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Making low-carbon motoring an easier decision

According to a new survey, 65 per cent of people in Britain would consider buying or leasing an alternative fuel vehicle over the next couple of years. Of these alternatives, hybrids came out top in the survey, which also showed some interesting regional variations in attitudes to electric vehicles (EVs).

They were favoured the most in the North East, where the Plugged-in Places scheme has been going since 2010, and there is a commitment to regional manufacturing of EVs. Pleasing to see that targeted investment and local economic benefits really do work when it comes to new, green technologies. Also likely to arouse interest are urban-based hire schemes of futuristic-looking vehicles. In Grenoble, France, this is exactly what’s happening, with Toyota providing 70 brightly-coloured models for short journeys in the city - including a distinctive three-wheeled, one-seater. It is hoped that reasonably-priced hire, practically linked to transport hubs, will stimulate EV adoption as part of transport habits, and lead the way gently into mass ownership of low-carbon vehicles.

The ‘normalising’ of EVs is dependent on a number of factors. Affordability and reliability are two, and these are improving rapidly. But then there is the lifestyle factor - essentially, people have to be able to picture these vehicles as part of theirs. With this in mind, the school run has been targeted with a new government campaign, highlighting an estimated £440 million in fuel savings if drivers drop their brood off in an EV. These kind of statistics, coupled with the increasing range of models available to choose from, means there’s little doubt that the incentives to consider a low-carbon choice are stacking up. And a developer in Manchester is aiming to help take the decision out of new home-owners’ hands altogether.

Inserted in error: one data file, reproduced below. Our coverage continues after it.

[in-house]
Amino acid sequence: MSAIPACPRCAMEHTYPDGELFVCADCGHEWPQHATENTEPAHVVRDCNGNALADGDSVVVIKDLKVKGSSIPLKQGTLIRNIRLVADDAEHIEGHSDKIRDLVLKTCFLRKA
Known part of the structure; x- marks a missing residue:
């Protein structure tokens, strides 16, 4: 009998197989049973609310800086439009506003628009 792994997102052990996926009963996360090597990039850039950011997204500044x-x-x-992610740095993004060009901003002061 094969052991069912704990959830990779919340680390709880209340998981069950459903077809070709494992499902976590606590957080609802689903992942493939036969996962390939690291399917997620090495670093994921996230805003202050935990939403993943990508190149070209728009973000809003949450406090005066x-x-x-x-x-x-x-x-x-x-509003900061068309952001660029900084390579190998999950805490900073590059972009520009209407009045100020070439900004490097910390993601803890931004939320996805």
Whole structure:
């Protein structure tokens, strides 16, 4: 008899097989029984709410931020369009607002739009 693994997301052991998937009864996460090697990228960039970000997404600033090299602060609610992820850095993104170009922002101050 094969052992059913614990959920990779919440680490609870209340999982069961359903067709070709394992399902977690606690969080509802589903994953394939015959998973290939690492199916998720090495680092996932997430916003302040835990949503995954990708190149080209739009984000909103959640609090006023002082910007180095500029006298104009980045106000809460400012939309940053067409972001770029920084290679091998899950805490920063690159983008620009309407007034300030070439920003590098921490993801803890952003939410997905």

Two Smart cars will be available to hire for the residents of a new luxury block in the city centre - but with 344 apartments, we’d certainly like to think that might be a conservative number of vehicles on offer. It’s certainly a novel idea with potential - but it’s important to make sure that such undoubted benefits are not just the preserve of those buying luxury flats, and also that a realistic supply is there to meet possible demand. With EV range anxiety becoming a thing of the past, it would be a shame for it to be replaced with an anxiety about whether it’s possible to get hold of a practical, sustainable vehicle.

Gary Hartley is Energy Saving Trust's expert blogger. He has extensive experience researching and writing on a number of topics, with particular expertise in sustainable energy, policy, literature and sport. As well as providing regular blog content, Gary has also been published in numerous magazines and journals.

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